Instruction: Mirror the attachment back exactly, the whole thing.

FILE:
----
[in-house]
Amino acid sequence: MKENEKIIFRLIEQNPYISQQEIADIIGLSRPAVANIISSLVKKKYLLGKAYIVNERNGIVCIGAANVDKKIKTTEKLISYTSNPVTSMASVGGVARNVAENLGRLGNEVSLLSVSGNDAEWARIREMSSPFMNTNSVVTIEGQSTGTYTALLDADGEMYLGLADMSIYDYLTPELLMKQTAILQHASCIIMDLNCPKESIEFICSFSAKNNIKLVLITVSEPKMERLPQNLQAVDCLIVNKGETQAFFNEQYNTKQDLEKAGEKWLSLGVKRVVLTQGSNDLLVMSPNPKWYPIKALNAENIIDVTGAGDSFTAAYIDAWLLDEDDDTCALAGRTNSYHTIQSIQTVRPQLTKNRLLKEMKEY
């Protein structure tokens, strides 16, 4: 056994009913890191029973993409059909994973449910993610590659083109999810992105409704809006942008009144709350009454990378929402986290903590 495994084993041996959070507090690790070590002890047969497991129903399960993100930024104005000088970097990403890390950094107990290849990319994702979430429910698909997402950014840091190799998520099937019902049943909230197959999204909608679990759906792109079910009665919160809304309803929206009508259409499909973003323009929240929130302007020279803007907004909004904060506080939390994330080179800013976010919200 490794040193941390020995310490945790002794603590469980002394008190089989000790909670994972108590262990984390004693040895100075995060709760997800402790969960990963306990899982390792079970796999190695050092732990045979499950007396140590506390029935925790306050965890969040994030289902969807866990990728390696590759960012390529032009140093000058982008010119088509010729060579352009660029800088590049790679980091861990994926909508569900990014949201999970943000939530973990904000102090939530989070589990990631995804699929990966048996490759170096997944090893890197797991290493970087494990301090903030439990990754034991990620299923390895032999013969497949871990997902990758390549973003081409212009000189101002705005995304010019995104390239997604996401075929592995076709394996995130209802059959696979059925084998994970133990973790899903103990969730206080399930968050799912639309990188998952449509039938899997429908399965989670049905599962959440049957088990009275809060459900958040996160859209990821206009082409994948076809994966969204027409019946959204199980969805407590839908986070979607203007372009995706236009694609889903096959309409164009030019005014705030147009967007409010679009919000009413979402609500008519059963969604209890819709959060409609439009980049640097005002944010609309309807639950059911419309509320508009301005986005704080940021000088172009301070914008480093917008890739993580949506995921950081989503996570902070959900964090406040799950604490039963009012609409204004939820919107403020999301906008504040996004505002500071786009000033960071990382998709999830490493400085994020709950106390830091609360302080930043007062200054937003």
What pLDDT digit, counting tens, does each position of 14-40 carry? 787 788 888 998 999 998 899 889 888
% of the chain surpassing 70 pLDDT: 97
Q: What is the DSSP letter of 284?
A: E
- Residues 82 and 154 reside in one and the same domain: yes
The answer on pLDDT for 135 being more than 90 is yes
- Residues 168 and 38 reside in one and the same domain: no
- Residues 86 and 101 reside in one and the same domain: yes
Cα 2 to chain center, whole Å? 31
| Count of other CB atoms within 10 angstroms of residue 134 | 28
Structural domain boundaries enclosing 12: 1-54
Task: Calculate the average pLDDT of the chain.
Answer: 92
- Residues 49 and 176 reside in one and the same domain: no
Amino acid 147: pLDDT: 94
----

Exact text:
[in-house]
Amino acid sequence: MKENEKIIFRLIEQNPYISQQEIADIIGLSRPAVANIISSLVKKKYLLGKAYIVNERNGIVCIGAANVDKKIKTTEKLISYTSNPVTSMASVGGVARNVAENLGRLGNEVSLLSVSGNDAEWARIREMSSPFMNTNSVVTIEGQSTGTYTALLDADGEMYLGLADMSIYDYLTPELLMKQTAILQHASCIIMDLNCPKESIEFICSFSAKNNIKLVLITVSEPKMERLPQNLQAVDCLIVNKGETQAFFNEQYNTKQDLEKAGEKWLSLGVKRVVLTQGSNDLLVMSPNPKWYPIKALNAENIIDVTGAGDSFTAAYIDAWLLDEDDDTCALAGRTNSYHTIQSIQTVRPQLTKNRLLKEMKEY
């Protein structure tokens, strides 16, 4: 056994009913890191029973993409059909994973449910993610590659083109999810992105409704809006942008009144709350009454990378929402986290903590 495994084993041996959070507090690790070590002890047969497991129903399960993100930024104005000088970097990403890390950094107990290849990319994702979430429910698909997402950014840091190799998520099937019902049943909230197959999204909608679990759906792109079910009665919160809304309803929206009508259409499909973003323009929240929130302007020279803007907004909004904060506080939390994330080179800013976010919200 490794040193941390020995310490945790002794603590469980002394008190089989000790909670994972108590262990984390004693040895100075995060709760997800402790969960990963306990899982390792079970796999190695050092732990045979499950007396140590506390029935925790306050965890969040994030289902969807866990990728390696590759960012390529032009140093000058982008010119088509010729060579352009660029800088590049790679980091861990994926909508569900990014949201999970943000939530973990904000102090939530989070589990990631995804699929990966048996490759170096997944090893890197797991290493970087494990301090903030439990990754034991990620299923390895032999013969497949871990997902990758390549973003081409212009000189101002705005995304010019995104390239997604996401075929592995076709394996995130209802059959696979059925084998994970133990973790899903103990969730206080399930968050799912639309990188998952449509039938899997429908399965989670049905599962959440049957088990009275809060459900958040996160859209990821206009082409994948076809994966969204027409019946959204199980969805407590839908986070979607203007372009995706236009694609889903096959309409164009030019005014705030147009967007409010679009919000009413979402609500008519059963969604209890819709959060409609439009980049640097005002944010609309309807639950059911419309509320508009301005986005704080940021000088172009301070914008480093917008890739993580949506995921950081989503996570902070959900964090406040799950604490039963009012609409204004939820919107403020999301906008504040996004505002500071786009000033960071990382998709999830490493400085994020709950106390830091609360302080930043007062200054937003």
What pLDDT digit, counting tens, does each position of 14-40 carry? 787 788 888 998 999 998 899 889 888
% of the chain surpassing 70 pLDDT: 97
Q: What is the DSSP letter of 284?
A: E
- Residues 82 and 154 reside in one and the same domain: yes
The answer on pLDDT for 135 being more than 90 is yes
- Residues 168 and 38 reside in one and the same domain: no
- Residues 86 and 101 reside in one and the same domain: yes
Cα 2 to chain center, whole Å? 31
| Count of other CB atoms within 10 angstroms of residue 134 | 28
Structural domain boundaries enclosing 12: 1-54
Task: Calculate the average pLDDT of the chain.
Answer: 92
- Residues 49 and 176 reside in one and the same domain: no
Amino acid 147: pLDDT: 94